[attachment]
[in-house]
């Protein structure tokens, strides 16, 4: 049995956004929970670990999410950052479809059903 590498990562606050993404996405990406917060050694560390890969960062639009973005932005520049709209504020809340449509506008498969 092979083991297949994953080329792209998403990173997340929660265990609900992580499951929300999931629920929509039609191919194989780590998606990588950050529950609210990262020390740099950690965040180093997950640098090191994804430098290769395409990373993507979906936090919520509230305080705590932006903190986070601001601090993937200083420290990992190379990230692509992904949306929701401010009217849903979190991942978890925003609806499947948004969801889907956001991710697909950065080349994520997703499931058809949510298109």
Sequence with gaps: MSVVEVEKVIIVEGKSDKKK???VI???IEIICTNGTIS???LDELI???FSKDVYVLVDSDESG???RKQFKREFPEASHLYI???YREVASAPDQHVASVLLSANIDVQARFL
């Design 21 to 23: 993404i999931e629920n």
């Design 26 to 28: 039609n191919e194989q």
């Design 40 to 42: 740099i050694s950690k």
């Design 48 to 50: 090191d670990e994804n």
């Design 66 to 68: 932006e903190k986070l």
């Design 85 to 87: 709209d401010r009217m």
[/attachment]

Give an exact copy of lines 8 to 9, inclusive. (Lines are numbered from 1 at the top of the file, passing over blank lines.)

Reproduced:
């Design 66 to 68: 932006e903190k986070l």
């Design 85 to 87: 709209d401010r009217m």